Skip Navigation 
Associations Now

The Favorites Game: The Lowdown on Luck

ASSOCIATIONS NOW, February 2012 Intelligence

By: Kristin Clarke

Summary:

Great by Choice coauthor Morten Hansen on his favorite business myth, nonconforming leader, and more.

"Greatness is not a function of circumstance or luck; it is a function of the path you choose for yourself. Great associations, I suspect, didn't get lucky; they chose a specific path," says Morten Hansen, management professor at University of California-Berkeley and coauthor with Jim Collins of Great by Choice: Uncertainty, Chaos, and Luck—Why Some Thrive Despite Them All.

The role of luck in determining business success was little studied prior to Great by Choice, and the duo were forced to pioneer a defensible methodology and definition to tackle the tricky subject of whether luck should be considered a formal element in organizational strategies.

Eventually, the questions narrowed to determine if a company achieved a high "return on luck"—that is, whether the organization wasted or leveraged good or bad luck well.

Hansen cites a favorite example of smart luck management: "IBM went to Digital Research … to get their leading operating systems for the first IBM PC, but the founder was out flying and didn't make the meeting. Then they went to Bill Gates, who didn't have an operating system, but he saw the opportunity and promised to have something for them."

Hansen's research generated other favorites:

Favorite debunked business assumption: Change or die. Our research: Change all the time is a good way to get yourself killed.

Favorite leadership trait: Fanatic discipline. It is an overlooked leadership trait, but it explains greatness, from Picasso to Bill Gates.

Favorite nonconforming leader: Herb Kelleher of Southwest, who settled a trade dispute not in a court of law but with an arm-wrestling match in a boxing ring full of employees.

Favorite mantra for sticking to a "20-mile march" toward success: You must do everything possible to hit your key target this month. You must, must do that!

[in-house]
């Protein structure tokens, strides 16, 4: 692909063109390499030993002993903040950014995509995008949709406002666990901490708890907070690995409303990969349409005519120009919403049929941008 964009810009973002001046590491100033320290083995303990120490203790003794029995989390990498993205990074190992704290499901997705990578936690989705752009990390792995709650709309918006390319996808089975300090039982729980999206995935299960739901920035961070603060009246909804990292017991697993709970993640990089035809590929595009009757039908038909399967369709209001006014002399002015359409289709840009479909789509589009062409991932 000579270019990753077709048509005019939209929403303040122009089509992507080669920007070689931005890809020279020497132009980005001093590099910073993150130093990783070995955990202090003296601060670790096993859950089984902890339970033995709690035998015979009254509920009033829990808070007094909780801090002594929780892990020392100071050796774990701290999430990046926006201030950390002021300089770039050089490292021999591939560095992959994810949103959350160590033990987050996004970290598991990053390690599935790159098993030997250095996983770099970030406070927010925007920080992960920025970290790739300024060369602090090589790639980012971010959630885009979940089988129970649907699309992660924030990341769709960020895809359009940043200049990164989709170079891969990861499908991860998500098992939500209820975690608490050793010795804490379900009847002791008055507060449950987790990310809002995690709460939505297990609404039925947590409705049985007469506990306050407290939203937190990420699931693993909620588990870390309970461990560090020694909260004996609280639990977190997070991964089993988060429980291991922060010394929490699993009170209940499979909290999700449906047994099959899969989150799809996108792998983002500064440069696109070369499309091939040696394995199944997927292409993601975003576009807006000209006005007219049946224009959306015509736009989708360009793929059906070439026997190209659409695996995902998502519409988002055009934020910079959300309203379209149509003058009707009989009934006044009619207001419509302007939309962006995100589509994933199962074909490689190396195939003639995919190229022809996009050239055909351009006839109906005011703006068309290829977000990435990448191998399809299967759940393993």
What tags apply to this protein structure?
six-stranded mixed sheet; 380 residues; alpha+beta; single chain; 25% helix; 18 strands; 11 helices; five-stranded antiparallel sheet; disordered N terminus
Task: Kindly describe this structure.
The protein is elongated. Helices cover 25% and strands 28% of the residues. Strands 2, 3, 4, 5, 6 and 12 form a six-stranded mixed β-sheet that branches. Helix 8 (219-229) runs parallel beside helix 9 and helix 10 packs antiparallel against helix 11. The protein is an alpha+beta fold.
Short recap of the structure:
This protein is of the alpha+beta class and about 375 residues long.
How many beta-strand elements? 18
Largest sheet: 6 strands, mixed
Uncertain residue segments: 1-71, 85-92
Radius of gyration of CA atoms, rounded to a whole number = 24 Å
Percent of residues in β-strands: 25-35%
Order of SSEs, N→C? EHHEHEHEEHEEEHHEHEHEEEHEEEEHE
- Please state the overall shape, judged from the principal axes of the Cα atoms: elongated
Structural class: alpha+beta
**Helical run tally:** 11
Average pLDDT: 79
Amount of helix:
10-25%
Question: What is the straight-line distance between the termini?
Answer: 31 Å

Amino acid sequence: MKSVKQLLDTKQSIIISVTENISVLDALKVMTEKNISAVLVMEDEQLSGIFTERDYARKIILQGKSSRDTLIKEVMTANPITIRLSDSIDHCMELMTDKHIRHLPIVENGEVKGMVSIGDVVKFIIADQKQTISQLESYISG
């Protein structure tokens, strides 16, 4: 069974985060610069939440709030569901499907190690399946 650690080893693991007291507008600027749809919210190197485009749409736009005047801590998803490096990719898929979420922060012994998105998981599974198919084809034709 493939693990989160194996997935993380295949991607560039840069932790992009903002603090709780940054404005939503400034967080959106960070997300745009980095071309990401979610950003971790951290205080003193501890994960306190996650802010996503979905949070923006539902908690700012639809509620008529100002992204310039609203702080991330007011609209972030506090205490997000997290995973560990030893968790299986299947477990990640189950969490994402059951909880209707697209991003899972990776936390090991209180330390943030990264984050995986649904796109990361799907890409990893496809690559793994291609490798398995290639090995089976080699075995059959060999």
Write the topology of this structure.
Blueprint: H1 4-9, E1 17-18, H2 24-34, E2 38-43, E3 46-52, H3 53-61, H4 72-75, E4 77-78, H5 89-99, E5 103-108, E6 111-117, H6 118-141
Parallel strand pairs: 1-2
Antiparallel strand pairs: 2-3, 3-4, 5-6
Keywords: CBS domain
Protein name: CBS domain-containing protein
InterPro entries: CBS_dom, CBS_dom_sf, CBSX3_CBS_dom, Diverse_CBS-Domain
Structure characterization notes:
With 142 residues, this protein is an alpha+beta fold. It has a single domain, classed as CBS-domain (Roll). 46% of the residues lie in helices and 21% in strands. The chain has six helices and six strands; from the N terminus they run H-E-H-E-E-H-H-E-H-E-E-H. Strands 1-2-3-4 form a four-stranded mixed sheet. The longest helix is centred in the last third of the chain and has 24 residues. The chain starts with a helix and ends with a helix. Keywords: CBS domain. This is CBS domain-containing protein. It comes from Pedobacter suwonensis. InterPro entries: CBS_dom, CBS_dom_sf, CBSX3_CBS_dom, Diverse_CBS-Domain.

Favorite example of innovation done right: Apple's iPod. It started as a small experiment in 2001. Then they added iTunes online. Then they added iTunes for Windows PCs. Then it took off. Evolution, not revolution.

Contributed by Kristin Clarke, a business journalist and writer for ASAE. Email: kclarke@asaecenter.org

Additional Resources

To learn more about the three key leadership behaviors of "great by choice" organizations operating in a chaotic environment, see "The No-Excuses Guide to Greatness," by Kristin Clarke, Associations Now, February 2012

To learn how boards of directors factor into the success of "great by choice" organizations, see "Building a Great by Choice Organization: The Board Perspective," by Kristin Clarke.

Rate this item: Comments:
Rate this item:
  • one star
  • two stars
  • three stars
  • four stars
  • five stars

Please Sign in to rate this.




 

Community Education Resources Career Advocacy About Us Join Shop
Collaborate
Volunteer Groups
Calendar
Face-to-Face
ASAE U Online
Associations Now
Models & Samples
Research
Find a Job
Post a Job
CAE

Press
Board of Directors
Standards of Conduct
Get Started
Get Connected
Get Involved
Bookstore
Buyers' Guide
Endorsed Business Solutions

border

American Society of Association Executives™ (ASAE), 1575 I St. NW, Washington, DC 20005
P. 888.950.2723, F. 202.371.8315 or P. 202.371.0940 (in Washington, DC)
© Copyright 2011 ASAE. All rights reserved.

Social Media | Advertise | ASAE Foundation | Site Map | Contact Us | Privacy Notice
Supplier Partner Corner
X
Find:  Resources  |  Events  |  Jobs  |  ASAE Staff  |  Endorsed Business Solutions  |  Buyer's Guide  |  Members  |  Give Back   |  Help  |  Home
linked in Twitter Feed Facebook Group Flickr Group YouTube Channel Collaborate